disability

Lawmakers Aim To Stop Closure Of 2 Institutions For Disabled

Jan 16, 2020
Carolyn Kaster / AP

A fight to block Gov. Tom Wolf from closing two state centers for the intellectually disabled produced a second large majority in Pennsylvania's Republican-controlled Legislature on Wednesday, even as Wolf vowed to continue a decades-old trend away from institutional care.

MATT ROURKE / AP

As baby boomers age, more Americans may find themselves caring for family members with disabilities.

A new research institute in Pittsburgh, called the National Rehabilitation Research and Training Center on Family Support, will focus on the unique challenges of caregiving. The center is a joint effort of the University of Pittsburgh and UPMC.

Carnegie Mellon University

Researchers at Carnegie Mellon University, the University of Tokyo and Waseda University in Tokyo are developing a suitcase that helps visually impaired people navigate airports. 

Carnegie Library of Pittsburgh

Researchers at Carnegie Mellon University are hoping to help pedestrians with disabilities cross intersections more safely.

Their research project makes up the latest phase in the 5-year-old smart traffic signals initiative centered in East Liberty, where wait times for vehicles have been reduced by 40 percent.

In the first year of the project, researchers will focus on building an app that pedestrians could have on their smart phones.

The app would send personalized data about that individual’s movement patterns to a smart traffic signal at an intersection.

Margaret J. Krauss / 90.5 WESA

Pittsburgh Water and Sewer Authority faces significant organizational issues—crumbling infrastructure, lead issues, steep debt—but soaring rates of short-term disability are not one of them, said interim executive director Bob Weimar.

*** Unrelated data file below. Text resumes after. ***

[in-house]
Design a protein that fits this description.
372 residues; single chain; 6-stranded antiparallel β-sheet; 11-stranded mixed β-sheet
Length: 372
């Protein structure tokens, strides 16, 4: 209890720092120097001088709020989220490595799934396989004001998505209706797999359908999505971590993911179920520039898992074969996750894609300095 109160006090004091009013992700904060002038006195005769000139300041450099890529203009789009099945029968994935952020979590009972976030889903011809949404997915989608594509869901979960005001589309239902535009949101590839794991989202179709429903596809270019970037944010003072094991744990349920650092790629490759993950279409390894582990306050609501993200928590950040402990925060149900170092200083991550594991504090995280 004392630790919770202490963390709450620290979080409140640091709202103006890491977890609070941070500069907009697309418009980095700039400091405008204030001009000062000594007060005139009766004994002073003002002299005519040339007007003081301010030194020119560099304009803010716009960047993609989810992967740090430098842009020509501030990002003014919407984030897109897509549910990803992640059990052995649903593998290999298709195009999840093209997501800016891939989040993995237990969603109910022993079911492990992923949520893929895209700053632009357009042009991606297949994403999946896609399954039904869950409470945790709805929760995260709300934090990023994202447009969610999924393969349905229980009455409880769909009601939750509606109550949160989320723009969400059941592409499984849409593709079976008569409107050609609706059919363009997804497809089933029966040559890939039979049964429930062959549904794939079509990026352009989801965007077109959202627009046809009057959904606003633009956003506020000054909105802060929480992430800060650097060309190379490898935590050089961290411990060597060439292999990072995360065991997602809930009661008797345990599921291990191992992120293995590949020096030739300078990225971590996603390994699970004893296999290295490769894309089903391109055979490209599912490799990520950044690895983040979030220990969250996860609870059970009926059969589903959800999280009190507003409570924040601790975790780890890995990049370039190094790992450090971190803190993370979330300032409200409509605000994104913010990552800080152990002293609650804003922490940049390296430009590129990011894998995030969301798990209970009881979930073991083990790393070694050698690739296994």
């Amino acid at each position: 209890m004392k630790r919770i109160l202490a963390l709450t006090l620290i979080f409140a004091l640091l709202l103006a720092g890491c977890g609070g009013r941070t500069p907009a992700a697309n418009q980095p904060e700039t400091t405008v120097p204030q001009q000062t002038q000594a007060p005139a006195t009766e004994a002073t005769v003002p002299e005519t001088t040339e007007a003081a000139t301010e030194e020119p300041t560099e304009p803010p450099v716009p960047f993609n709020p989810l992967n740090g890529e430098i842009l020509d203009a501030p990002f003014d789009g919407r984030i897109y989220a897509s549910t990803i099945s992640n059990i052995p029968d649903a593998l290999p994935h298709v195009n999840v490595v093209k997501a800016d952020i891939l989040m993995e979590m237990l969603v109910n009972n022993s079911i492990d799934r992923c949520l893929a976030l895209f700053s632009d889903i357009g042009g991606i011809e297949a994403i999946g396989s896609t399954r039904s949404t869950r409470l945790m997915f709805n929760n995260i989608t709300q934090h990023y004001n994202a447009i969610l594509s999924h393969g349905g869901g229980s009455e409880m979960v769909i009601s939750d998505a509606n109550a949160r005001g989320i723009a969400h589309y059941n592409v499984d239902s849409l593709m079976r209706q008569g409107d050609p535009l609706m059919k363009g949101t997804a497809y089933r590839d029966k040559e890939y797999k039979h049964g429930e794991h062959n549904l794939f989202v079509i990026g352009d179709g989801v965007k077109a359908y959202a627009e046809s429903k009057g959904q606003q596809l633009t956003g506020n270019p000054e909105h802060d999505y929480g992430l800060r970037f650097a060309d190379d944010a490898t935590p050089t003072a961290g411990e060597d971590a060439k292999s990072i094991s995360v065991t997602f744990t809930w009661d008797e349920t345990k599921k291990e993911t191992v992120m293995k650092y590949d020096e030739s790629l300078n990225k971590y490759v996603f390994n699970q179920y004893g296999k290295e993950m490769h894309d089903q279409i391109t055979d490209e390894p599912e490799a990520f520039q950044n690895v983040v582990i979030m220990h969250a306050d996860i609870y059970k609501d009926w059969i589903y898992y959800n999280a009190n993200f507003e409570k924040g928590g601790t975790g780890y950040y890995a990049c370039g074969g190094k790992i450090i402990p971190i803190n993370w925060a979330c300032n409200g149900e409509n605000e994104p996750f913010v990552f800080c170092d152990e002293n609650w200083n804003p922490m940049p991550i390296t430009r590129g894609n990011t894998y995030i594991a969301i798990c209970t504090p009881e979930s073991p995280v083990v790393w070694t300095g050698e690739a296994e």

Liz Reid / 90.5 WESA

Teresa Martuccio, 36, has worked with adults with cognitive and developmental disabilities for more than a decade. For the last several years, she taught art at Community Living and Support Services, also known as CLASS, in Regent Square.

Megan Harris / 90.5 WESA

Dominic “Mickey” Sgro leaned on the back of a highly adaptive, metallic pink bicycle shaking his head. His friend is bragging on him again.

Find Some Flow

Three years ago, when Ian Neumaier started to think about playing games as a way to bring people together, he had no idea what he was getting into.

“We didn’t have a full understanding of the environment and the systems at play,” said Neumaier who eventually founded the nonprofit Find Some Flow.

Abby Warhola
The Andy Warhol Museum

Photos and paintings at The Andy Warhol Museum are set up chronologically by decade, starting at the top.

From the seventh floor, School Programs Coordinator Leah Morelli explains, “This is the floor in which his early life starts and the story begins.”

But even without a human guide, all visitors -- including those with visual impairments -- will soon have a tool to let them know where they are and what’s around them in the space thanks to the organization’s first audio guide.

Flickr user SOZIALHELDEN

The Americans with Disabilities Act was signed into law 25 years ago on Sunday.

The act was a major step toward full-scale accessibility for citizens with disabilities, but according to many, there are still substantial barriers in place.

Evolving Standards for Wheel Chairs and Accessibility Worldwide

Jan 16, 2015
Mark Grapengater / flickr

There are 70 million wheel chair users worldwide. Our guests Dr. Rory Cooper and Dr. Jon Pearlman are helping to create new standards for as many of them as possible.

The doctors are co-directors of Pitt’s School of Health and Rehabilitation Sciences, and this month they’re launching the International Society of Wheelchair Professionals and they discuss how their work will impact wheel chair users around the world.

“The whole goal of this society is to provide opportunities to everyone around the world who needs access to a wheelchair,” says Dr. Cooper, who uses a wheel chair for mobility.

Sen. Bob Casey (D-PA) said when it comes to honoring veterans, speeches and parades are nice, but effective government services are vital.

He’s calling on his fellow lawmakers to pass the 21st Century Veterans Benefits Delivery Act, introduced in March, which would modify guidelines concerning the fulfillment of disability claims.

According to Casey, the average wait time for a claim at the Pittsburgh Veterans Affairs Regional Office, or VARO, is 231 days. In Philadelphia, it’s 266 days, and the nationwide average is 240 days.